MD: Apart from the backing vocals, I gather you tracked everything simultaneously so, in essence, it’s a live recording?
ALEXANDRA: Yeah, what you hear is what you get.
MD: It’s phenomenal, really, in how great it sounds.
ALEXANDRA: Oh, thanks. Well, we wanted it to sound kind of imperfect, you know. To us, we’re human and perfection is boring. All of our heroes didn’t record these multi-track things; you can really hear the flaws in it and that’s what we wanted. There were definitely a lot of things we included where it was like, our drummer’s cymbal stand fell over at the end of one of the songs and it happened to be the better take, so we were like, “Oh, throw it in there.” [Laughs]
MD: And you opted for a mono mix, as well, which I think adds to the late 50s, early 60s authenticity you have in the songs themselves. Was that a decision you made from the start?
ZACHARY: We mixed in stereo first but it wasn’t sounding right, you know.
ALEXANDRA: It was like, “What is it; what’s wrong with this?” Actually, Zach said one morning, he woke up and, “You’ve got to mix it in mono.” I was like, “Ahhhh, that’s what it is!” [Laughs] I feel like it was a Satanic move because it’s very antinomian; it’s very much in opposition to the way everything’s done today. But, also, it was just out of love. A lot of our favourite records… you know, The Beatles in mono, it sounds better! The Beach Boys in mono…
MD: I know that some records used to be released in mono and stereo versions, and it used to say which at the top-right on the cover.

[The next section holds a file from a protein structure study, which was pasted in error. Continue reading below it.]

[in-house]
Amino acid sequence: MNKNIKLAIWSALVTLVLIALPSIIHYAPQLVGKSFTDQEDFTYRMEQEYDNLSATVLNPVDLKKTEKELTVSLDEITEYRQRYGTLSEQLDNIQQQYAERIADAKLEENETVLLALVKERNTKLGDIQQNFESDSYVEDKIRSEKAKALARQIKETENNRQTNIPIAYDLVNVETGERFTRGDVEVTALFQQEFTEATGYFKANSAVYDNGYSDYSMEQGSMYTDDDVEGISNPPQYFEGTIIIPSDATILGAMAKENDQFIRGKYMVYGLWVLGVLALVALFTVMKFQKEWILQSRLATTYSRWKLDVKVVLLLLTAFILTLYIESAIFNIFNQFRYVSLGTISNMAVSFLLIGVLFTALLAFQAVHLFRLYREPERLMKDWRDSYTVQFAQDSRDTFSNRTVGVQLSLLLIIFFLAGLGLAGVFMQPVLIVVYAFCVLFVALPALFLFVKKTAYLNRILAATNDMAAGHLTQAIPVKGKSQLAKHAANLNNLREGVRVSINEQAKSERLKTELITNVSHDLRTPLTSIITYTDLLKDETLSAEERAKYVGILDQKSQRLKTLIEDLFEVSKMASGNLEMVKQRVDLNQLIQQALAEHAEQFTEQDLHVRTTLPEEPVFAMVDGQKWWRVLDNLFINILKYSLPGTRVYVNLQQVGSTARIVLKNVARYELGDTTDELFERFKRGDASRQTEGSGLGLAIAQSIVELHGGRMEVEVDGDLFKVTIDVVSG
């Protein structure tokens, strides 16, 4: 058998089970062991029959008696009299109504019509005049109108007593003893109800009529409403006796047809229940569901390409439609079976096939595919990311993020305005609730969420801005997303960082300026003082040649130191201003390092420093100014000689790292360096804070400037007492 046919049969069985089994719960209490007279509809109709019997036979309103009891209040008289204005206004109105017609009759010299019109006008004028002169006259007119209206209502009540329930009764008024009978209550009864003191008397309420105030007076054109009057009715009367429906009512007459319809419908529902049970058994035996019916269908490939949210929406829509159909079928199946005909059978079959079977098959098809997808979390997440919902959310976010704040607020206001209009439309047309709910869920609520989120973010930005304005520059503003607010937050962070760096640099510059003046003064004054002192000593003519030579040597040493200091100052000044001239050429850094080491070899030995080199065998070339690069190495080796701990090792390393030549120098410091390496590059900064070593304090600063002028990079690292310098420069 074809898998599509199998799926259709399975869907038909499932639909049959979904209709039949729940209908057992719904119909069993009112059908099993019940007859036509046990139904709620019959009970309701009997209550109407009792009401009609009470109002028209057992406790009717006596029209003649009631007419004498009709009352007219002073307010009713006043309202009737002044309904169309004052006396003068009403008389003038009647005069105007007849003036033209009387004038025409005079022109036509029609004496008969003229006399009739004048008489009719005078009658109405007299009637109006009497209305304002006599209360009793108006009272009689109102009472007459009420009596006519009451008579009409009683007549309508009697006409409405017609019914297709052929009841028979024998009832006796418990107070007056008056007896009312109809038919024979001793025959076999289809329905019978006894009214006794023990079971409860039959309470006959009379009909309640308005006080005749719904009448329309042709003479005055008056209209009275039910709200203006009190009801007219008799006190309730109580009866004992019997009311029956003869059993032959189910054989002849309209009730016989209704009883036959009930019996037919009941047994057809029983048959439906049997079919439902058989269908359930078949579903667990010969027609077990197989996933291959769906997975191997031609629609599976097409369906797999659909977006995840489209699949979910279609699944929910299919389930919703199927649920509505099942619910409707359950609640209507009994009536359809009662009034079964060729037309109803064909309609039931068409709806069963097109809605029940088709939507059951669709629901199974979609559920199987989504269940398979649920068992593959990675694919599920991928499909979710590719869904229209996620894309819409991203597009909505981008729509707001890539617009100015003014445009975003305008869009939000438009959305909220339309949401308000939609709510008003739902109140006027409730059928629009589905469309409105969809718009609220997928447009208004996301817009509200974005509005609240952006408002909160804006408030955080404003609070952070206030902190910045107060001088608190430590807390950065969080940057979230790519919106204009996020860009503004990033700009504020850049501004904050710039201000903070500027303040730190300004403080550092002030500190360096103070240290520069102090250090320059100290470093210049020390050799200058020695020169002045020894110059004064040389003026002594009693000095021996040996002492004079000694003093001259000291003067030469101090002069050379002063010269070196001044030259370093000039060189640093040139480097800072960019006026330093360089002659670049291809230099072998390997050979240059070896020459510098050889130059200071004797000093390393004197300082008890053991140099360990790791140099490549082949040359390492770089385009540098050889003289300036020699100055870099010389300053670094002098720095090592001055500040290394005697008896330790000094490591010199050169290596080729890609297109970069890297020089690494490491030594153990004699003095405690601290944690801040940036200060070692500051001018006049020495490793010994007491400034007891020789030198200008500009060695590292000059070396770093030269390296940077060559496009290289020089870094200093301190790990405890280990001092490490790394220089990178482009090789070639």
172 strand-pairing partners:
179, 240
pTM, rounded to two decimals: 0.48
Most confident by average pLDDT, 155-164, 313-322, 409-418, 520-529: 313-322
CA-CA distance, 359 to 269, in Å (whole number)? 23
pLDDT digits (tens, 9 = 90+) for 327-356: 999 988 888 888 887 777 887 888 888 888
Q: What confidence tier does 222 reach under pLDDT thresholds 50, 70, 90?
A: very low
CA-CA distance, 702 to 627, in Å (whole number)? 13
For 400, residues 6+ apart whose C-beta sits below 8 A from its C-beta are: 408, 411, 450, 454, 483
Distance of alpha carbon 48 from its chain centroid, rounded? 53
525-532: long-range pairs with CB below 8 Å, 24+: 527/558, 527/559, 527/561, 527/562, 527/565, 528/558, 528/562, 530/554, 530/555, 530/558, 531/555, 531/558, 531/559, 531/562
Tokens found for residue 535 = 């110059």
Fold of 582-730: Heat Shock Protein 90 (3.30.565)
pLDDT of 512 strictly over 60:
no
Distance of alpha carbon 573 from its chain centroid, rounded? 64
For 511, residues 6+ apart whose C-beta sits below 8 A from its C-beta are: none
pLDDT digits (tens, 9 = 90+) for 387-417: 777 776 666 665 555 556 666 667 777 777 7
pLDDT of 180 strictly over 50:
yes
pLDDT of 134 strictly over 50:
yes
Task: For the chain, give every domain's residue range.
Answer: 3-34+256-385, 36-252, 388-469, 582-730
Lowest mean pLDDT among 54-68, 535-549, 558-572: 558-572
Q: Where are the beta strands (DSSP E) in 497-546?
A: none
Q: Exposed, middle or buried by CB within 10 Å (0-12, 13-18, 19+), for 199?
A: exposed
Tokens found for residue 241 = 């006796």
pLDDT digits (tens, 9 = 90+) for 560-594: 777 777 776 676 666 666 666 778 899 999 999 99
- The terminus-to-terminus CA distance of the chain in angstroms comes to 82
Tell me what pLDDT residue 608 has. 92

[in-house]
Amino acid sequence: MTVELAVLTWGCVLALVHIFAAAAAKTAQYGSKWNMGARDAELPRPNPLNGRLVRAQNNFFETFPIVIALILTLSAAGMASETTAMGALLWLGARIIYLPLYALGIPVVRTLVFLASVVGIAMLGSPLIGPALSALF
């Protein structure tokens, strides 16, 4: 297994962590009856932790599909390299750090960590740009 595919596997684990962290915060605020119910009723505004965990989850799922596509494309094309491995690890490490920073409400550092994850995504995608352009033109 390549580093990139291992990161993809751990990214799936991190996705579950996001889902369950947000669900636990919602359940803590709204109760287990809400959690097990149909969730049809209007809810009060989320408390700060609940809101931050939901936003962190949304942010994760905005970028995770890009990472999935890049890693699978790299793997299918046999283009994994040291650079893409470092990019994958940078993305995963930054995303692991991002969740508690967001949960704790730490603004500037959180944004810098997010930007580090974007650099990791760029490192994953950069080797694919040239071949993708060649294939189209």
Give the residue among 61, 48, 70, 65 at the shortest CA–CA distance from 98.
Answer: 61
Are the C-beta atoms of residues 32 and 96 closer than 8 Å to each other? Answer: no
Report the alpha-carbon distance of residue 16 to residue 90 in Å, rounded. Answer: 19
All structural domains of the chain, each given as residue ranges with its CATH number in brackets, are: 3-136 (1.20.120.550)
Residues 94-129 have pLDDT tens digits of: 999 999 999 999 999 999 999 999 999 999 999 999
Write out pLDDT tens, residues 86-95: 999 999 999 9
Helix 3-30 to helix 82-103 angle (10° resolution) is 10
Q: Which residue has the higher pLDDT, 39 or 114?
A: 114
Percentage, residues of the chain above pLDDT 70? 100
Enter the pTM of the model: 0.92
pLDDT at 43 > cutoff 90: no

ALEXANDRA: Yeah, we truly think it does sound better and, funnily enough, later, after we’d mixed it in mono, we happened to stumble across some LaVey writings where he was like, “Records are better in mono.”
MD: Oh, wow.
ALEXANDRA: Probably his contrarian stance like ours, but we’re like, “Oh, then it all works.” [Laughs]
MD: Was it important for you to have as authentic a sounding record as possible, not just from an aesthetic perspective to reflect the original period of the style of music, but also to help emphasise the sincerity of the Satanic themes in the songs?
ALEXANDRA: Yeah, I mean, Satanism is so much about individualism and expressing yourself and being authentic to who you really are, I feel like if we were to auto-tune it or, you know, mess with the sound too much, it would really take away that humanity from it, which is what we’re really trying to express. So, I think it was very much in line with our Satanic ideals, but also, I mean, that’s the way all the records we idolise sound.
ZACHARY: Just trying to copy that.
ALEXANDRA: So, I mean, don’t get me wrong, I love a massive rock record with a huge production, that sounds great too. But, for us, we just really wanted to make that record we had in our heads that we grew up kind of dreaming about as kids. And those are the records… like Otis Redding in a room, standing there with a microphone, with his band - there’s something so magical about that you can’t necessarily capture with other recording techniques.
MD: Yeah, I don’t think it would’ve worked as an overproduced Pro Tools record.
ALEXANDRA: Yeah! [Laughs]
MD: It does fit the themes of the record, as well, and helps emphasise those. Old rock ’n’ roll from the 50s and 60s was branded as the devil’s music by deranged Christians back in the day…
ALEXANDRA & ZACHARY: [Laughs]
MD: …which seems totally absurd now, because it was all so innocent, really. And there’s almost a kind of irony where you’re playing that style of music with Satanic themed lyrics, because it’s like come full circle. Despite the Satanic sincerity of what you do, was there any ironic intent there, too?